Opened 8 years ago

Closed 8 years ago

#18611 closed enhancement (fixed)

Further isogeny improvement

Reported by: Jeroen Demeyer Owned by:
Priority: major Milestone: sage-6.8
Component: elliptic curves Keywords:
Cc: John Cremona Merged in:
Authors: Jeroen Demeyer Reviewers: John Cremona
Report Upstream: N/A Work issues:
Branch: 7dfcc8e (Commits, GitHub, GitLab) Commit: 7dfcc8e3a8d27b923afaae87a0b4764008146f5d
Dependencies: #18589 Stopgaps:

Status badges

Description (last modified by Jeroen Demeyer)

To compute all l-isogenies, Sage uses a function mult(f) which computes

gcd( numerator(f(m)), psi )

where m is a rational function giving the multiplication-by-m map (the denominator of m is coprime to psi)

Instead of the above computation, the inverse direction is actually easier to compute: given g, we want to find f such that

gcd( numerator(f(m)), psi ) = g

Using some theory, this is equivalent to

f(m) = 0 mod g

Since f must be irreducible of the same degree as g, this is just the characteristic (= minimal) polynomial of m mod g.


Example timing:

before

sage: %time from sage.schemes.elliptic_curves.isogeny_small_degree import isogenies_prime_degree_general; E = EllipticCurve(GF(3^3,'a'), [0,0,0,-1,0]); L = isogenies_prime_degree_general(E, 73)
CPU times: user 1min 52s, sys: 16 ms, total: 1min 52s
Wall time: 1min 52s

after

sage: %time from sage.schemes.elliptic_curves.isogeny_small_degree import isogenies_prime_degree_general; E = EllipticCurve(GF(3^3,'a'), [0,0,0,-1,0]); L = isogenies_prime_degree_general(E, 73)
CPU times: user 33.1 s, sys: 107 ms, total: 33.2 s
Wall time: 33.2 s

Change History (12)

comment:1 Changed 8 years ago by Jeroen Demeyer

Dependencies: #18589

comment:2 Changed 8 years ago by Jeroen Demeyer

Description: modified (diff)

comment:3 Changed 8 years ago by Jeroen Demeyer

Description: modified (diff)

comment:4 Changed 8 years ago by Jeroen Demeyer

Branch: u/jdemeyer/ticket/18611

comment:5 Changed 8 years ago by Jeroen Demeyer

Commit: f26e68173ae90f232ca4e3ca744d3285d108ded7
Status: newneeds_review

New commits:

47ccfd5#18589 isogeny improvement
ad56369#18589 simplified code + further improvements
2f83c20#18589: 2 simplifications following review
3d687e5#18589 further one-liner
f26e681Compute inverse of old mult() more efficiently

comment:6 Changed 8 years ago by Jeroen Demeyer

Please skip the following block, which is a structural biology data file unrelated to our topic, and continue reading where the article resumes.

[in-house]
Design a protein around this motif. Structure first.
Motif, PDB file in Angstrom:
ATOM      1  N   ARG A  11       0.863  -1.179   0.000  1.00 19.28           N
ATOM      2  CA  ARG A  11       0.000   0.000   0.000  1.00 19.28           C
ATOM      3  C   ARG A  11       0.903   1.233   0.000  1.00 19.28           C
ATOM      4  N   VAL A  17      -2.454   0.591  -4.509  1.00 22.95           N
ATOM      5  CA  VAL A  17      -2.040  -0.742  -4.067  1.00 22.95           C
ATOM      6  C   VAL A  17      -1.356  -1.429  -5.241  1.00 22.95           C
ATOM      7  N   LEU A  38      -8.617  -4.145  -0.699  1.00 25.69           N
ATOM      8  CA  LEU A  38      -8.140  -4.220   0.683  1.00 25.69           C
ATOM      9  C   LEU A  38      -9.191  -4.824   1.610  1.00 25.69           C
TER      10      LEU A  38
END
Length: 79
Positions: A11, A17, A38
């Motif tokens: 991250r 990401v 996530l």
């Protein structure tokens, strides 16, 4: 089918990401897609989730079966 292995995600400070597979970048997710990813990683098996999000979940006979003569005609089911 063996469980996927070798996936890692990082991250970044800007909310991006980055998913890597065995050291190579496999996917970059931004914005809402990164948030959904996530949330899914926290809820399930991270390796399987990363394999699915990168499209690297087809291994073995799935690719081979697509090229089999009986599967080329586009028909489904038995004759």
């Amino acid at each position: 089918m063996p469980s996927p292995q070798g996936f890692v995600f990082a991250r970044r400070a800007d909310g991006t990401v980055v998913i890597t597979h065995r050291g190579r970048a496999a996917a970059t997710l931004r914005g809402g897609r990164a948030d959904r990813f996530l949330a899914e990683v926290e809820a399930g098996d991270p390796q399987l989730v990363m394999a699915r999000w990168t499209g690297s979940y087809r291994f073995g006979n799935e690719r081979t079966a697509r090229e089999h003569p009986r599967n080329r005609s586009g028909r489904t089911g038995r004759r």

Description: modified (diff)

comment:7 Changed 8 years ago by git

Commit: f26e68173ae90f232ca4e3ca744d3285d108ded77dfcc8e3a8d27b923afaae87a0b4764008146f5d

Branch pushed to git repo; I updated commit sha1. This was a forced push. New commits:

7dfcc8eCompute inverse of old mult() more efficiently

comment:8 Changed 8 years ago by Jeroen Demeyer

Description: modified (diff)

comment:9 Changed 8 years ago by John Cremona

Before I go to look at the code I will confirm the theory sketched in the ticket description. In the notation there, g is irreducible and if alpha is a root of it then the desired f is precisely the min poly of m(alpha).

comment:10 Changed 8 years ago by John Cremona

Reviewers: John Cremona
Status: needs_reviewpositive_review

Looks good and tests out well. For the record:

sage: K.<a>=NumberField(x^2-x-22)                                                              sage: sage: E=EllipticCurve([0,0,1,-1590*a-8580,92750*a+359875])
sage: sage: time E.isogenies_prime_degree(89)
CPU times: user 25min 37s, sys: 2.4 s, total: 25min 39s
Wall time: 25min 37s
[Isogeny of degree 89 from Elliptic Curve defined by y^2 + y = x^3 + (-1590*a-8580)*x + (92750*a+359875) over Number Field in a with defining polynomial x^2 - x - 22 to Elliptic Curve defined by y^2 + y = x^3 + (12594390*a-80556570)*x + (-65385874750*a+319086769867) over Number Field in a with defining polynomial x^2 - x - 22]

though thanks to the code at #18589 this does not use mult() anyway so is not strictly relevant to this ticket.

comment:11 Changed 8 years ago by Jeroen Demeyer

One more remark on the algorithm: the current mult() does not use the fact that the characteristic polynomial is one of finitely many given possibilities. We could probably optimize even more using this information. However, my impression is that it's not currently worth it, since the other parts of the isogeny computation take more time anyway. If you do come across an example where mult() dominates the computation, I'd like to know.

comment:12 Changed 8 years ago by Volker Braun

Branch: u/jdemeyer/ticket/186117dfcc8e3a8d27b923afaae87a0b4764008146f5d
Resolution: fixed
Status: positive_reviewclosed
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